This, of course, is were Catch a Fire comes into play. Gowanus have certainly not chosen the album accidentally or out of a mere love for the music – although the latter will doubtlessly have played a part. After all, by the time it was released, The Wailers already had already been playing together for a decade, with four full-lengths to their credit. And yet, their fame remained firmly restricted to Jamaica, where their angry, rebellious lyrics and the unprecedented blend of raw intensity and melodic sweetness had elevated them to superstar-status. Their contract with Island Records led to their international breakthrough, which in turn unleashed a cascade of at first seemingly minuscule events eventually growing into an avalanche. The subversive potential of reggae would infiltrate punk and dance and later allow for the more subtle integration of dub into a variety of electronic music niches, while Bob Marley’s charisma and political outspokenness would turn him into an icon. But at the same time, its success effectively ended reggae’s ability for change – having arrived in the mainstream, its message was now entertainment, it street-fighting-anthems played on breakfast radio. Perhaps that is why performing these songs without lyrics is actually making them seem more political, not less.
In a sense, one could say that Gowanus’ approach goes back to a time before the original album was released, to the spirit when these pieces were still about concrete grievances rather than vague universal sentiments. The immediacy and emotional poignancy of the original Jamaican version of Catch a Fire (re-released as, you guessed it, a Deluxe edition in 2009) may have been more of a blueprint here than the more richly produced European „classic“. Most of all, however, this really is their own version. Rather than blindly following the track listing of the original, they have tweaked and adjusted it to their own aims. And instead of copying The Wailers’ arrangements, each and every song contained on their interpretation has been awarded its unique form. At times, it may constitute a template and springboard for extensive soloing, as with arguably the biggest hit of the collection, „Stir it Up“, on which the ensemble just briefly introduce the Leitmotif at the beginning, only to embark on a series of of ferocious exchanges immediately afterwards. At another, it is completely broken apart and decontextualised: Three minutes into „400 years“, the soulful chorus suddenly disintegrates, Russ Meissner starts working the cymbals while J.A. Granelli’s bass is wandering off into a territory of its own. Only a swarm of feverish sax lines are holding the band together, as they embark on a dream-like free-jazz seance.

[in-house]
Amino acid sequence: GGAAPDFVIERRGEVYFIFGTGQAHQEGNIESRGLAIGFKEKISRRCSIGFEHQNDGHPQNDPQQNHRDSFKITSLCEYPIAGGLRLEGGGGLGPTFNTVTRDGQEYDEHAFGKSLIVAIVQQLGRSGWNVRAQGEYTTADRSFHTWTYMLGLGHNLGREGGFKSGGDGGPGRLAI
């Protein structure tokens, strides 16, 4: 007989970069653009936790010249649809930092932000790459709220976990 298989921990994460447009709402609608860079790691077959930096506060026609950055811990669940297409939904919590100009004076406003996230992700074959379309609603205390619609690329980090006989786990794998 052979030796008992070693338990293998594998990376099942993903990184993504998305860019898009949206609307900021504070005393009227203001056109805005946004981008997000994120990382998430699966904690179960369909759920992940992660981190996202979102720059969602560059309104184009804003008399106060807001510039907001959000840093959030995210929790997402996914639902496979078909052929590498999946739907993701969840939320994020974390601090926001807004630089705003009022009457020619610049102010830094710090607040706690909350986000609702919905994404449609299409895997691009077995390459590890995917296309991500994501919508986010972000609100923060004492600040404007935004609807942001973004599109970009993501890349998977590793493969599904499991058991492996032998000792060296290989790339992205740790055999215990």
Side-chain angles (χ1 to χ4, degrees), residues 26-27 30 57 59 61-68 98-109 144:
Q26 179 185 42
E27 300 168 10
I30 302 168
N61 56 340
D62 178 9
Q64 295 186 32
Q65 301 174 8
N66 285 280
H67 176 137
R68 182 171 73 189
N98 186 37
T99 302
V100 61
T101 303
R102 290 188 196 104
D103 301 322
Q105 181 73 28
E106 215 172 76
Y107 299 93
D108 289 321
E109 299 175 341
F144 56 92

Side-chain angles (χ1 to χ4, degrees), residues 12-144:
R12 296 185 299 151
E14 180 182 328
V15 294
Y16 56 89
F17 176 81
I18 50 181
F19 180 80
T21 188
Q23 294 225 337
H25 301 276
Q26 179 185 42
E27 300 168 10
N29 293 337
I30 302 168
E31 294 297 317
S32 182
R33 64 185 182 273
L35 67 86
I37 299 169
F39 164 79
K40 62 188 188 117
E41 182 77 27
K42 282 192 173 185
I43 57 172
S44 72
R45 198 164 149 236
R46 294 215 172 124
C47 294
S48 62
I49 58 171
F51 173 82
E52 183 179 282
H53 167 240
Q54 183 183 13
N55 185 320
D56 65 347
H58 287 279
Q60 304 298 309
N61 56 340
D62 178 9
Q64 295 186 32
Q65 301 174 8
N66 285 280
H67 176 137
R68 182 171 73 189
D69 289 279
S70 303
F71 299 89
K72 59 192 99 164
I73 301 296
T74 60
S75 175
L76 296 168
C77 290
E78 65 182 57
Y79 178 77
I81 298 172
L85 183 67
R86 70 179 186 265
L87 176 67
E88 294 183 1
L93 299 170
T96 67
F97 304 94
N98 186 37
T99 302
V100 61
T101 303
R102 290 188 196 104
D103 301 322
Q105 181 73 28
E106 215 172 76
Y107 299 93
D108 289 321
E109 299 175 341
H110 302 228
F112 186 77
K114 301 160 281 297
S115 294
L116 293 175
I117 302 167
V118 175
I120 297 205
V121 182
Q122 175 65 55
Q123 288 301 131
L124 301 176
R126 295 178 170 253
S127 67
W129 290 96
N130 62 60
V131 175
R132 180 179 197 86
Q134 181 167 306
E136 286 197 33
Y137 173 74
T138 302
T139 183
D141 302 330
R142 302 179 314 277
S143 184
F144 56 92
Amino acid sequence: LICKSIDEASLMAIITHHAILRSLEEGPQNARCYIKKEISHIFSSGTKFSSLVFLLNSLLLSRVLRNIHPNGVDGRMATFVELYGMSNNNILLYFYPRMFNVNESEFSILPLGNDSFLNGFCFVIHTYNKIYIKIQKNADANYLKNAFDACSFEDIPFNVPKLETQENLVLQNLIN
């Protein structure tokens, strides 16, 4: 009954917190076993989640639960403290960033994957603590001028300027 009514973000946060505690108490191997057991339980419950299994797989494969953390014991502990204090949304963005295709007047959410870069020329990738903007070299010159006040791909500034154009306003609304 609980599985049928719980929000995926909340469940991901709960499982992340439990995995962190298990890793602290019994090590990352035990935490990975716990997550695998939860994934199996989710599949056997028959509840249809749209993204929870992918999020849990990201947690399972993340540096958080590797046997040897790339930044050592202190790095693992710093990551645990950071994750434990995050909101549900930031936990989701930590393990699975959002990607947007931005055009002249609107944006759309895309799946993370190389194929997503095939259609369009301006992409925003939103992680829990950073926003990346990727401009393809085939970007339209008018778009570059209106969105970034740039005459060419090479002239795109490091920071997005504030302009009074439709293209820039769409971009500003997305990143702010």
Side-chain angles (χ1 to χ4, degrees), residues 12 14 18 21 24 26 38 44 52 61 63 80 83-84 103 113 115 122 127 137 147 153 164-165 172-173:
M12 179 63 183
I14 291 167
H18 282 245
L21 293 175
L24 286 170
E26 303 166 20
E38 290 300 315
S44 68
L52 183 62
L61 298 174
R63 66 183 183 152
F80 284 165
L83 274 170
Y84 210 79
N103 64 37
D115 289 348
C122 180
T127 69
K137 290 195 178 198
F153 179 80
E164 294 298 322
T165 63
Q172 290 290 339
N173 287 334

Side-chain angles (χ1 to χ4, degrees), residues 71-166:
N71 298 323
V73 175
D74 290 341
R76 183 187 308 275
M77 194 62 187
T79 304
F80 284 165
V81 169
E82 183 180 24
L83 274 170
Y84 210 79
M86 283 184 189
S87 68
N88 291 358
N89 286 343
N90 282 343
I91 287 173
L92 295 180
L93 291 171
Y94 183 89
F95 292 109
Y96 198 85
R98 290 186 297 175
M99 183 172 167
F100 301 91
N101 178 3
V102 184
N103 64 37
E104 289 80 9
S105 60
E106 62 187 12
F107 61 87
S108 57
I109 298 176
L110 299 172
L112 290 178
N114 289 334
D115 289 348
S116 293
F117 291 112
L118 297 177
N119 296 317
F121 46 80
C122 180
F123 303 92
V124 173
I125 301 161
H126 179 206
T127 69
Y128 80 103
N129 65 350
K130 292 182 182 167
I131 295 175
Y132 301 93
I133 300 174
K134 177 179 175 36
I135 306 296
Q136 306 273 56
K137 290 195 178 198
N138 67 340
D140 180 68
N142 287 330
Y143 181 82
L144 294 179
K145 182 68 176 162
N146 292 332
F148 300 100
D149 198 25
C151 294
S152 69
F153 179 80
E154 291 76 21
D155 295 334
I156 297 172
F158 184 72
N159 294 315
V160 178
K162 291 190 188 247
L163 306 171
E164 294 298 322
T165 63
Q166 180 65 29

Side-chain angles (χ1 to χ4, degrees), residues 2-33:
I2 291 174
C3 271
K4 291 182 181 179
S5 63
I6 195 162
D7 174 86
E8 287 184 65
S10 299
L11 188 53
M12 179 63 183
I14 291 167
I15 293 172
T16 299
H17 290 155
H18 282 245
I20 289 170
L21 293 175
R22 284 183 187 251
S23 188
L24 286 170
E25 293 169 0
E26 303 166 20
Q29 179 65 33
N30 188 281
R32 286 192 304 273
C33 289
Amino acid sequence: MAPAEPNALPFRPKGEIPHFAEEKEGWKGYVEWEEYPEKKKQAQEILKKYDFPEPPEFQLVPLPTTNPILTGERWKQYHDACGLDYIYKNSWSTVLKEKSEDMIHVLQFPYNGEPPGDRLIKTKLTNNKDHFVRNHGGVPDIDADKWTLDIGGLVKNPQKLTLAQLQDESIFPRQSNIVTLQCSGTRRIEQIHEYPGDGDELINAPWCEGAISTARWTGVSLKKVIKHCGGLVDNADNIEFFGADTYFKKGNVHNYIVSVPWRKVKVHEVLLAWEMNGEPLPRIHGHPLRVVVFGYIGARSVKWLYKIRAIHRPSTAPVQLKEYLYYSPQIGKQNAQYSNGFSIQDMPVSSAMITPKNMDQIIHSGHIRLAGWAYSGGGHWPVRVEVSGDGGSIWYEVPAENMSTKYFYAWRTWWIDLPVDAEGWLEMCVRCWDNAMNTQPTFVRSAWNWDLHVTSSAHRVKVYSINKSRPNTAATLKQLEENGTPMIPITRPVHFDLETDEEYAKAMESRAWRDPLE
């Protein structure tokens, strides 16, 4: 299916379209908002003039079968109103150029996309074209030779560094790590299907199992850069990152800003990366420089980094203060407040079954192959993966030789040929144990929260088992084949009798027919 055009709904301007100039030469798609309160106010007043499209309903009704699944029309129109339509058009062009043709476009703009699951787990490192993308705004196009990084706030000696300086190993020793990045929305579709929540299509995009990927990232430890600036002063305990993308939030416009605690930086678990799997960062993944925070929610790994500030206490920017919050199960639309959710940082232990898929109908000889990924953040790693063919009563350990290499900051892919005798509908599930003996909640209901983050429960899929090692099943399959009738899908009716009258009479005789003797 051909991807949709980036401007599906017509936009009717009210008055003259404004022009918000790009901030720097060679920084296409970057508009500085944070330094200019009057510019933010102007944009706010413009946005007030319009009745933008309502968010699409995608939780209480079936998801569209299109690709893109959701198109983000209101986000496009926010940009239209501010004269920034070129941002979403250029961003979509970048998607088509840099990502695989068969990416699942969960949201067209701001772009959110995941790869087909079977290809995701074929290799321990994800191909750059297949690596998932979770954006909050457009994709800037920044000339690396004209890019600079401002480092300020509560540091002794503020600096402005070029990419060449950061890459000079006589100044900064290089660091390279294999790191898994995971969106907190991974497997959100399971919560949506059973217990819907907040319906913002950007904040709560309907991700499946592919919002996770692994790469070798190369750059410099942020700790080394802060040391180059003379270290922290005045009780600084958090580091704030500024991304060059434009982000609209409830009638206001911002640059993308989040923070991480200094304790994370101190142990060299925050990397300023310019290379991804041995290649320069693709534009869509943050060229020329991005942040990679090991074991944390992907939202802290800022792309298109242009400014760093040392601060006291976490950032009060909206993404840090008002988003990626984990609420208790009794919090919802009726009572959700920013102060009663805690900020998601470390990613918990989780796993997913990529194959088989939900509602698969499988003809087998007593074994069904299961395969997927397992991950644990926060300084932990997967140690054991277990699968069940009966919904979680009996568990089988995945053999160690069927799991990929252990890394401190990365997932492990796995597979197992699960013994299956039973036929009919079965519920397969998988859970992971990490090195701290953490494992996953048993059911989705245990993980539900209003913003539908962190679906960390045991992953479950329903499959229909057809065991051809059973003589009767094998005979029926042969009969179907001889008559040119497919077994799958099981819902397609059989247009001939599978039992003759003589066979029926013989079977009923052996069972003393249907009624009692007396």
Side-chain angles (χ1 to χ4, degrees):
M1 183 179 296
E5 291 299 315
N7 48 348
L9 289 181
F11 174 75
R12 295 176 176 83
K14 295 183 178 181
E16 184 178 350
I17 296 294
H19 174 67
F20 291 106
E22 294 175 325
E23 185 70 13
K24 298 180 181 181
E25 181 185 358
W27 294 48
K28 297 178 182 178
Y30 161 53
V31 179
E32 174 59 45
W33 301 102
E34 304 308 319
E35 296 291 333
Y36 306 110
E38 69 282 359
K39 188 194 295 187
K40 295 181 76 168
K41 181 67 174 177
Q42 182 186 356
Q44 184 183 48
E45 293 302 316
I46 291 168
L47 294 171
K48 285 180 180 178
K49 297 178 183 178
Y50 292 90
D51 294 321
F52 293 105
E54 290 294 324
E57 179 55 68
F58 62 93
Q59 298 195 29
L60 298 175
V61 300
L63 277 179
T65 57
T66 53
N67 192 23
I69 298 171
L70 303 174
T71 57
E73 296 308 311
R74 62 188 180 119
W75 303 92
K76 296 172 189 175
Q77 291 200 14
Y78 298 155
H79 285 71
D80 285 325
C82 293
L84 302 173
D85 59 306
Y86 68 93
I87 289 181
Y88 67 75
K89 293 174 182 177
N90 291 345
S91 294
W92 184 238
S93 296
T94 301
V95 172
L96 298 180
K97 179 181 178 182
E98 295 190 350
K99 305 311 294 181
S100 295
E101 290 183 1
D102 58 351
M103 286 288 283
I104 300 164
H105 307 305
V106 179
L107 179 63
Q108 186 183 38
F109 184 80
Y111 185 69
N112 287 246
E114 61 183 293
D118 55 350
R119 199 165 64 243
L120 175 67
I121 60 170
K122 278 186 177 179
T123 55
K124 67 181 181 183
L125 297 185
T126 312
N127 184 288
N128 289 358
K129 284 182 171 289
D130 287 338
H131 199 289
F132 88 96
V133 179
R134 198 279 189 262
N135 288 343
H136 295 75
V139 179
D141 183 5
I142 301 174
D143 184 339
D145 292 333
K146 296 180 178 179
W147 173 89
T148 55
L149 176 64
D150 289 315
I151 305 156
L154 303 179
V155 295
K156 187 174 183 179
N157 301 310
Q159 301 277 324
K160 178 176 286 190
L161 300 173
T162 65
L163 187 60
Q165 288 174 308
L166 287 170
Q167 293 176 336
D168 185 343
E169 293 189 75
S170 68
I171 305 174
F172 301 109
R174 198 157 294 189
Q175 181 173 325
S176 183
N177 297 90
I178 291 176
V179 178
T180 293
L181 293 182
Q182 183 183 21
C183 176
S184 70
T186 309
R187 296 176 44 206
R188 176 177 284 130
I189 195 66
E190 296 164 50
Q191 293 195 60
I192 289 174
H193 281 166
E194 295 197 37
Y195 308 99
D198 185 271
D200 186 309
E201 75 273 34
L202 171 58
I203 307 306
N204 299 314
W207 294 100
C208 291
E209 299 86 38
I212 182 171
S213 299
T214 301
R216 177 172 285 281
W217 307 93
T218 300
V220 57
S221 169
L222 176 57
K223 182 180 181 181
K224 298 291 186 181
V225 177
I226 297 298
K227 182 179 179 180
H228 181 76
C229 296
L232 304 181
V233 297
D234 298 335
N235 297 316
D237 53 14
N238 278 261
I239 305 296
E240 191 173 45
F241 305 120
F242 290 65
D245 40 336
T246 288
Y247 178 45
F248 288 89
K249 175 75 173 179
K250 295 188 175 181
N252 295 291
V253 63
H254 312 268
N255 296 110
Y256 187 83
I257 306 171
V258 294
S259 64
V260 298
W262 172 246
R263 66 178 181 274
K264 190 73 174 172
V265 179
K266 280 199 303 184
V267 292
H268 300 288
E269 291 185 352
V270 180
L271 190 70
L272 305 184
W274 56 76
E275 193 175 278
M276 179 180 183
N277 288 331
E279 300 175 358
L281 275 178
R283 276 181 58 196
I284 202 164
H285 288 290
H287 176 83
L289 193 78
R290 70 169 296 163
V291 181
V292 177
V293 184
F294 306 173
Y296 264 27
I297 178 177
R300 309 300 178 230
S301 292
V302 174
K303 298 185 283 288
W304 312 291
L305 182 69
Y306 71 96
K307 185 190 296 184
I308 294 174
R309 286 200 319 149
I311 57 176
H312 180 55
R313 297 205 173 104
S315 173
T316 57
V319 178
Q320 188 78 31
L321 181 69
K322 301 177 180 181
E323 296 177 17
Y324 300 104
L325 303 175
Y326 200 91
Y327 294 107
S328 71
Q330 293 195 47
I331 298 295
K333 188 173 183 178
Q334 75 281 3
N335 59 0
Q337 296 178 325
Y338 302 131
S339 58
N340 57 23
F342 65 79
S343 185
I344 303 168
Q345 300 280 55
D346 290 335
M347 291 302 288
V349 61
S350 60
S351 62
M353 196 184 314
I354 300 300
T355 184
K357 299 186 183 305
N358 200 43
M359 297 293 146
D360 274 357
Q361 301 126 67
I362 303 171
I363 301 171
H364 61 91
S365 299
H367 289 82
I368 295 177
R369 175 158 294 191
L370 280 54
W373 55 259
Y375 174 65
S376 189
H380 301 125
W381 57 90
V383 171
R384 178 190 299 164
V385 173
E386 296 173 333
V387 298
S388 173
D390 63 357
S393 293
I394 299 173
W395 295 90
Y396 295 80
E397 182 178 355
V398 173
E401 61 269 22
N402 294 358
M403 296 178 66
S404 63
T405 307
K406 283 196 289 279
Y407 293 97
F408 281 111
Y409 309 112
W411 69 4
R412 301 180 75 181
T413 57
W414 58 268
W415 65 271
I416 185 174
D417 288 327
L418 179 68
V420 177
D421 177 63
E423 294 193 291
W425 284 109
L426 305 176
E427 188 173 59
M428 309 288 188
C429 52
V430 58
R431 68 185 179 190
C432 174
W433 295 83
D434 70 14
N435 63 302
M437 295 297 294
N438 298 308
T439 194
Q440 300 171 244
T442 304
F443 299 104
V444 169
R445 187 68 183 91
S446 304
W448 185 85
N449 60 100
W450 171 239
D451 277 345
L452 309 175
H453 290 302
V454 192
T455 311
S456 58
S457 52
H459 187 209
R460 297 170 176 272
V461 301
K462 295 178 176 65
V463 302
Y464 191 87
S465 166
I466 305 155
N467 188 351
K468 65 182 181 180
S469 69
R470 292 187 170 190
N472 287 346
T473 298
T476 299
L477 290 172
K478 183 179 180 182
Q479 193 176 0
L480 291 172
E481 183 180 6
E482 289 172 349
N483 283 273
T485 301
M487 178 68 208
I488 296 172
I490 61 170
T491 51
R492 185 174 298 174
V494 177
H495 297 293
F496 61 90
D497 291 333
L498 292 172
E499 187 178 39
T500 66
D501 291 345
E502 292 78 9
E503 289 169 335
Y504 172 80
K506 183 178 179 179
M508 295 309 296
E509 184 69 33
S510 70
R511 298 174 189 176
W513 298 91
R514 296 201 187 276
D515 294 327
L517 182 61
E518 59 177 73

„400 years“ makes its point with striking bluntness, but it’s the only time the album spells out its intentions this obviously. Rather, it is always leaving enough space for the listener to find the underlying links and ideas for her- or himself. And once you’ve decided to participate, this game of associations takes on an intriguing depth: Suddenly, you can hear parallels with the modal jazz of Miles Davis. Harbingers of dub. The proximity with rock. You can hear how these styles meet and conflict just as much as they complement each other – and how they finally segue into a fascinating new style of soloing, which draws from jazz, but infuses it with the laid-back moods of reggae. There is as much emphasis on the individual as the group here, which is why, rather than embarking on ego trips, each solo is merely the point of departure for the next in a process of continuous collaboration.
It is a congenial metaphor for the ensemble’s take on a dialogue with the masters in general: Respectful of those which came before them, but always with enough self-confidence to leave their mark on the music. Grass on Fire may not be rewriting history – but it certainly makes time travel feel remarkably enjoyable.